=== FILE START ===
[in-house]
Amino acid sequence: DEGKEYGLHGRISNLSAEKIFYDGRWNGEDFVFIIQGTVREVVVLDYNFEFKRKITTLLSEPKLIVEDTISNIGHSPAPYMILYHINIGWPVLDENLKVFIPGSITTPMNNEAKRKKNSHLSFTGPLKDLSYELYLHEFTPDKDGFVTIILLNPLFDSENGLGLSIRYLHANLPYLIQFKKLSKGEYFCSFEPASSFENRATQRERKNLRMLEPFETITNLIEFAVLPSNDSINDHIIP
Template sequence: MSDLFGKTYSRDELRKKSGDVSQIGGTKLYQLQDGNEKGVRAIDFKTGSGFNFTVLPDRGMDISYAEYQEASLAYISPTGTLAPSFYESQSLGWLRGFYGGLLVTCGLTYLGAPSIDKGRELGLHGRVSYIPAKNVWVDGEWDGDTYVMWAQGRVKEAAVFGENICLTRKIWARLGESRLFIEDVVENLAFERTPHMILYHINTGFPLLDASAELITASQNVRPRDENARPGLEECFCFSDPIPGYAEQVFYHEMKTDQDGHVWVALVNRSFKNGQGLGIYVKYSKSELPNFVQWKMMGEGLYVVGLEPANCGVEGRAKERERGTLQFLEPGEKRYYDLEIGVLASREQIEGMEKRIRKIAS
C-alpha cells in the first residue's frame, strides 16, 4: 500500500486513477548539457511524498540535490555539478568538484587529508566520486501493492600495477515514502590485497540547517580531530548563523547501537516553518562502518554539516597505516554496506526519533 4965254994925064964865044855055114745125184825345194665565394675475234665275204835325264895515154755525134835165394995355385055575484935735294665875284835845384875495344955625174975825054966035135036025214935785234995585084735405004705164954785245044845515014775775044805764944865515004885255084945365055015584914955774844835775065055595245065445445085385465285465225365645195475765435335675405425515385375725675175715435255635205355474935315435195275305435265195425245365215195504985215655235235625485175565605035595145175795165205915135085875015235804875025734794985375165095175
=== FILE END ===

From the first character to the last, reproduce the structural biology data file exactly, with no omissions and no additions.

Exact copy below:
[in-house]
Amino acid sequence: DEGKEYGLHGRISNLSAEKIFYDGRWNGEDFVFIIQGTVREVVVLDYNFEFKRKITTLLSEPKLIVEDTISNIGHSPAPYMILYHINIGWPVLDENLKVFIPGSITTPMNNEAKRKKNSHLSFTGPLKDLSYELYLHEFTPDKDGFVTIILLNPLFDSENGLGLSIRYLHANLPYLIQFKKLSKGEYFCSFEPASSFENRATQRERKNLRMLEPFETITNLIEFAVLPSNDSINDHIIP
Template sequence: MSDLFGKTYSRDELRKKSGDVSQIGGTKLYQLQDGNEKGVRAIDFKTGSGFNFTVLPDRGMDISYAEYQEASLAYISPTGTLAPSFYESQSLGWLRGFYGGLLVTCGLTYLGAPSIDKGRELGLHGRVSYIPAKNVWVDGEWDGDTYVMWAQGRVKEAAVFGENICLTRKIWARLGESRLFIEDVVENLAFERTPHMILYHINTGFPLLDASAELITASQNVRPRDENARPGLEECFCFSDPIPGYAEQVFYHEMKTDQDGHVWVALVNRSFKNGQGLGIYVKYSKSELPNFVQWKMMGEGLYVVGLEPANCGVEGRAKERERGTLQFLEPGEKRYYDLEIGVLASREQIEGMEKRIRKIAS
C-alpha cells in the first residue's frame, strides 16, 4: 500500500486513477548539457511524498540535490555539478568538484587529508566520486501493492600495477515514502590485497540547517580531530548563523547501537516553518562502518554539516597505516554496506526519533 4965254994925064964865044855055114745125184825345194665565394675475234665275204835325264895515154755525134835165394995355385055575484935735294665875284835845384875495344955625174975825054966035135036025214935785234995585084735405004705164954785245044845515014775775044805764944865515004885255084945365055015584914955774844835775065055595245065445445085385465285465225365645195475765435335675405425515385375725675175715435255635205355474935315435195275305435265195425245365215195504985215655235235625485175565605035595145175795165205915135085875015235804875025734794985375165095175